• The only thing that is destructive is the latch screws on the sill side, and to be honest it was such a tight fit, I probably did not need them to hold it in. – Michael Gilbert Feb 15 '13 at 22:07
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Don't bother purchasing or adjusting anything unless you've decided to either "address how the setup sounds by ear", or better, actually do the measurements and then choose action and try stuff accordingly. Otherwise it could be waste of time and money.

The furniture you have there and how they're arranged, will affect the room's sound. The window is actually a (possibly very) minor piece of the whole picture and you can get more changes by just placing the listening position and the furniture in a way that minimizes acoustic problems.

But if you can't treat (and measure!) the room properly, then I think it's not really worth doing "some minor adjustments", like randomly adding some "acoustic curtains".

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Hi Cam,

I feel you're asking two questions at the same time. Number 1 is: how do I take care not to be disturbed by outside noises(cars). Nr2: how can I treat the room acoustics? This is mostly answered by Internet Human.

The answer to the first question is related to the second. Is it really the best sounding room (acoustics)? If so then you should try and put a second window in front of you existing window. This can be easily done, simply buy/order the right size sheet of glass. Get good wood to build an extra window frame. There are a lot of DIY guides to do this correctly. There won't be fresh air coming in, so you have decide if that is an option for you.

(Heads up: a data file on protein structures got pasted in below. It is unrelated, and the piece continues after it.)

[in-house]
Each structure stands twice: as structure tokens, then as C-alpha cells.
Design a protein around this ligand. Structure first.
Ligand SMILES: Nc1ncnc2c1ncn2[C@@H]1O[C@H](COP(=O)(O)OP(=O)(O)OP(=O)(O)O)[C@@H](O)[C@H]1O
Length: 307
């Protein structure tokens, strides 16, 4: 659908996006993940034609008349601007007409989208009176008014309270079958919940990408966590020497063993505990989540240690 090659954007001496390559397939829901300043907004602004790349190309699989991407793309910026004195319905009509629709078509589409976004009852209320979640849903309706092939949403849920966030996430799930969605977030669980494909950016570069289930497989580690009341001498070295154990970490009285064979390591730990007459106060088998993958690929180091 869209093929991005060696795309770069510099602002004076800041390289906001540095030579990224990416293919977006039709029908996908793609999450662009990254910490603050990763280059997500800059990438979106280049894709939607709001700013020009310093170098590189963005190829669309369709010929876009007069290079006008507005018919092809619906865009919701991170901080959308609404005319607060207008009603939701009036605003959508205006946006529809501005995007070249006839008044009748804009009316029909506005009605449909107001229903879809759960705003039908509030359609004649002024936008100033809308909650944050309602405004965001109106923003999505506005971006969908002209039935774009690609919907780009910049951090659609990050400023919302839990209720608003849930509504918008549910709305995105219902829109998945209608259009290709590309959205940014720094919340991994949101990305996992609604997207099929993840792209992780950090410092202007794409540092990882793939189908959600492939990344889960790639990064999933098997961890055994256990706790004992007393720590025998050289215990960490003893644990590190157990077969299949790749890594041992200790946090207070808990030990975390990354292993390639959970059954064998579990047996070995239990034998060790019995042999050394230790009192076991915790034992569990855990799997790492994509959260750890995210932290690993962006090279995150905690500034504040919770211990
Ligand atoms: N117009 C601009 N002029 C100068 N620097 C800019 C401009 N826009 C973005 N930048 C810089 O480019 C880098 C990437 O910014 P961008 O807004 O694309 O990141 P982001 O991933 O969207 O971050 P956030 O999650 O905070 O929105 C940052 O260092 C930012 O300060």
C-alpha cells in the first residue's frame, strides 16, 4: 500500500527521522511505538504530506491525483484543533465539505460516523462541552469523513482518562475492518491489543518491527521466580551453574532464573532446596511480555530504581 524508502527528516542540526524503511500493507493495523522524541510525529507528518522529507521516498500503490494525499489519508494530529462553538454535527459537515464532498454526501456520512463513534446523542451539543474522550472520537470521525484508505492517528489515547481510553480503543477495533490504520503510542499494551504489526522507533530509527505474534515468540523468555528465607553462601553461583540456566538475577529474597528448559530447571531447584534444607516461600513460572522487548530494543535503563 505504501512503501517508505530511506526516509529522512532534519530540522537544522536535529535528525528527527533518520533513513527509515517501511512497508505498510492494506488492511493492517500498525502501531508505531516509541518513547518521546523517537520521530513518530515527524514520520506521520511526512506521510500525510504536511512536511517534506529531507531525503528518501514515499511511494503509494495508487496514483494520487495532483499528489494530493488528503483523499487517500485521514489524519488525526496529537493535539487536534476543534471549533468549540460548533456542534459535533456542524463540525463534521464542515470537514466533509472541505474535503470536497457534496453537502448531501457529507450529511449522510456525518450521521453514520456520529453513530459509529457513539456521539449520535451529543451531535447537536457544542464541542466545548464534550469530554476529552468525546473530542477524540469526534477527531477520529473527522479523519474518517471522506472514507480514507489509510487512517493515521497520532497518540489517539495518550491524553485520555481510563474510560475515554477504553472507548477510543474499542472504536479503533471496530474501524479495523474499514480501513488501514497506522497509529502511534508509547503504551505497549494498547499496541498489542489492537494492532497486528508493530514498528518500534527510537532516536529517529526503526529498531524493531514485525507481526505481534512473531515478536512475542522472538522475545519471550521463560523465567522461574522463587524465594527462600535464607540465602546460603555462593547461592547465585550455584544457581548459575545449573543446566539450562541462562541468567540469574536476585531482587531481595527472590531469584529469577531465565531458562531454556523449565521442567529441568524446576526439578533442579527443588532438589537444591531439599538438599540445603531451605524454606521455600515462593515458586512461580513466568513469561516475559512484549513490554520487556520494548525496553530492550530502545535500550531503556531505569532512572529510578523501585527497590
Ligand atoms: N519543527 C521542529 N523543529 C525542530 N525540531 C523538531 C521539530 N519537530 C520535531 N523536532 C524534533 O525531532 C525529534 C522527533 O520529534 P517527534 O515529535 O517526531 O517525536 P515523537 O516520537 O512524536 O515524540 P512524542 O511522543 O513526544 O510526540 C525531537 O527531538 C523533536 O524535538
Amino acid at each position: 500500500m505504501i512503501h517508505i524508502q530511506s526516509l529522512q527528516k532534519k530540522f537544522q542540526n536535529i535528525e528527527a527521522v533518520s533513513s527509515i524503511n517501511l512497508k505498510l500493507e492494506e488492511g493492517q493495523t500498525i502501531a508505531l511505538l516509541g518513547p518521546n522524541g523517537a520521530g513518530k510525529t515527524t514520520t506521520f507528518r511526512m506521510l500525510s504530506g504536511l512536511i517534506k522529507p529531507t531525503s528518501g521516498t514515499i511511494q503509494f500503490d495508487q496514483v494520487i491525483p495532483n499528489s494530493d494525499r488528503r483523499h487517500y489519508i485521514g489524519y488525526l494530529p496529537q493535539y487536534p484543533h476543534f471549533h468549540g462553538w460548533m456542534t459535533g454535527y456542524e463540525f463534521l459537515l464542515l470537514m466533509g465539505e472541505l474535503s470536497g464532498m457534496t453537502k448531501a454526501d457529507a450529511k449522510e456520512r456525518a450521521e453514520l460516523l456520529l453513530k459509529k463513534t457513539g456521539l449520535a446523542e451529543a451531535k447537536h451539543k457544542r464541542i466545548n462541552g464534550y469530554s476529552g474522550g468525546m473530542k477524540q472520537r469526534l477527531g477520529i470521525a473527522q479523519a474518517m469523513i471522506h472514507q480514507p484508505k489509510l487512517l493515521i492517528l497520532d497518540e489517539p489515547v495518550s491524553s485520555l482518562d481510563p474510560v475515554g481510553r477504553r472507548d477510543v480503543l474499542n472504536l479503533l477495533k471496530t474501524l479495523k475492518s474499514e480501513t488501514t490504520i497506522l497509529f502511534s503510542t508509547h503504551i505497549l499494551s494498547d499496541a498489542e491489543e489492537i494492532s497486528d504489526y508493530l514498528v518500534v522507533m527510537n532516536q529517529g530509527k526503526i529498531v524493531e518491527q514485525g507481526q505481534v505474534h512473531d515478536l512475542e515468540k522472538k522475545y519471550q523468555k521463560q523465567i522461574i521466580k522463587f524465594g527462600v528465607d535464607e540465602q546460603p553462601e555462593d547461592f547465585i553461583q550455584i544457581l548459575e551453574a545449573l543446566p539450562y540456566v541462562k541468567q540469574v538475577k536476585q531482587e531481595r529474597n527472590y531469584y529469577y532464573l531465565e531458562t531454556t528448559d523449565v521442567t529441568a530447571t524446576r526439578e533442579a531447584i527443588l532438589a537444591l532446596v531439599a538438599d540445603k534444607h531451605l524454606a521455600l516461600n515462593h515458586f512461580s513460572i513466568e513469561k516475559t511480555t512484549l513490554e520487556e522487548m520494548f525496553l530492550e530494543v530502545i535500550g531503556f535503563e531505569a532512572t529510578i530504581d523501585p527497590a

Good luck

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My insanely jet lagged brain decided to type, without making any sense, so ATTEMPT 02

I'm looking for a way to block out excessive ambient traffic noise from a window in the above room. Preferably, with the use of multiple layers of black out curtains or some real thick acoustic ones. I was imagining hanging one set on the rails pictured. And then a second rail covering most of the wall.